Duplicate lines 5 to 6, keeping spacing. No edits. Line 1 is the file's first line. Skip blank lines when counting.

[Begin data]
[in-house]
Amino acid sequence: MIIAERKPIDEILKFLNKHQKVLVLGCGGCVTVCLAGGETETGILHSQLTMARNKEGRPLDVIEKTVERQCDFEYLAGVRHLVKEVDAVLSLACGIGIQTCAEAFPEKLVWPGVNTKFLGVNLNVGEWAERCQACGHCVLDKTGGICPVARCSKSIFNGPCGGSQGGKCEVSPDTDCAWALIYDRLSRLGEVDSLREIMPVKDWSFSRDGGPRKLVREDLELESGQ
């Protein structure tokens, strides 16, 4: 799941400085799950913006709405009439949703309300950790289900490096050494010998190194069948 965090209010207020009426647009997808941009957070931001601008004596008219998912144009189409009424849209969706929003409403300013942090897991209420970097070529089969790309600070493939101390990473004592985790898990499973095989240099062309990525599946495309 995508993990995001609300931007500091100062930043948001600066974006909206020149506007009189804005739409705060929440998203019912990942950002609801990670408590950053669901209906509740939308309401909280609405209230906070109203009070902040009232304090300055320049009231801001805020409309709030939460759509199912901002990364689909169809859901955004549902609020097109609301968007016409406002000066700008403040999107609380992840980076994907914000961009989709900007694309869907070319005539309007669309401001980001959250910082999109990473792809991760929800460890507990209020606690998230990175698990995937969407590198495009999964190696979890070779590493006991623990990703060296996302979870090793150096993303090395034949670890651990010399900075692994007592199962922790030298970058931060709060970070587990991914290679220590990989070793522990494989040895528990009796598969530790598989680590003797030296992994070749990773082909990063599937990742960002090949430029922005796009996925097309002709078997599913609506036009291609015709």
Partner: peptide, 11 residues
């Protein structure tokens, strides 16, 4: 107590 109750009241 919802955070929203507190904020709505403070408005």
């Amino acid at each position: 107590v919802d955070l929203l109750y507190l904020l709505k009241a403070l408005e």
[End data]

């Protein structure tokens, strides 16, 4: 107590 109750009241 919802955070929203507190904020709505403070408005």
């Amino acid at each position: 107590v919802d955070l929203l109750y507190l904020l709505k009241a403070l408005e």